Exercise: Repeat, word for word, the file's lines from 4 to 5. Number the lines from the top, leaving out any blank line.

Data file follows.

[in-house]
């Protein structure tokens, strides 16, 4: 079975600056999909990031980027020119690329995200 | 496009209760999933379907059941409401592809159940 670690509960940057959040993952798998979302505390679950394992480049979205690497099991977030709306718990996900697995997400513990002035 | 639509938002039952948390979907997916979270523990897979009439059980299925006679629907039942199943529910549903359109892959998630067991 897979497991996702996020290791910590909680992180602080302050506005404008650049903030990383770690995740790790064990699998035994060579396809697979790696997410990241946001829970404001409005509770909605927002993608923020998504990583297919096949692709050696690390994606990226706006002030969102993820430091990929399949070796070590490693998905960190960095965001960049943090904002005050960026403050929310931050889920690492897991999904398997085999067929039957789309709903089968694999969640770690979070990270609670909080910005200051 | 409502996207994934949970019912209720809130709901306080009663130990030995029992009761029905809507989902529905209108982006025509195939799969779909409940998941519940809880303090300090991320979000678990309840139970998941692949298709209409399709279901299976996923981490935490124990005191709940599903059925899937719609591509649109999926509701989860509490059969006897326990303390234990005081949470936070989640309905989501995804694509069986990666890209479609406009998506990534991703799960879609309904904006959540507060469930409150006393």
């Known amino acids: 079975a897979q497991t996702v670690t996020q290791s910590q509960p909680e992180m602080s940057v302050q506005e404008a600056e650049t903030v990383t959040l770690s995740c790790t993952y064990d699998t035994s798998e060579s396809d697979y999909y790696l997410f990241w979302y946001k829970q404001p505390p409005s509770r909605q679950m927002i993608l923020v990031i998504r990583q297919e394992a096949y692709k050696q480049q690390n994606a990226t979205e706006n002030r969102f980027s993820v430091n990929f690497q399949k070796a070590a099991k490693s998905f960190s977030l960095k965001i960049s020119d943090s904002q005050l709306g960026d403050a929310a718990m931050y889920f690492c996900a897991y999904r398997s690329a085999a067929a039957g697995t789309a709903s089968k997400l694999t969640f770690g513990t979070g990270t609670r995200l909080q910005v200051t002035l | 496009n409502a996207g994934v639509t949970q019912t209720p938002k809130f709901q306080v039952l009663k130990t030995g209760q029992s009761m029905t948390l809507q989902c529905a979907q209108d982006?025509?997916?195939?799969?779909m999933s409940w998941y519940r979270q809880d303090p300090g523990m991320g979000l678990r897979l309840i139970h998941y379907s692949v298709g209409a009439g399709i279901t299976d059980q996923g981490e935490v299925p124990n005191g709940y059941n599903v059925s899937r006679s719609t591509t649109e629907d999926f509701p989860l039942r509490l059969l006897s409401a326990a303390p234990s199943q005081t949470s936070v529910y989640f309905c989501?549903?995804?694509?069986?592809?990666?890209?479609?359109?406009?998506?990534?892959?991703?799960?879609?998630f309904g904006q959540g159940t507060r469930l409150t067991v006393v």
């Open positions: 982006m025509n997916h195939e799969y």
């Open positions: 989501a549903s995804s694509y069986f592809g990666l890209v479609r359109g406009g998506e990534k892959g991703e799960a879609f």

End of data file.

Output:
């Open positions: 982006m025509n997916h195939e799969y």
């Open positions: 989501a549903s995804s694509y069986f592809g990666l890209v479609r359109g406009g998506e990534k892959g991703e799960a879609f």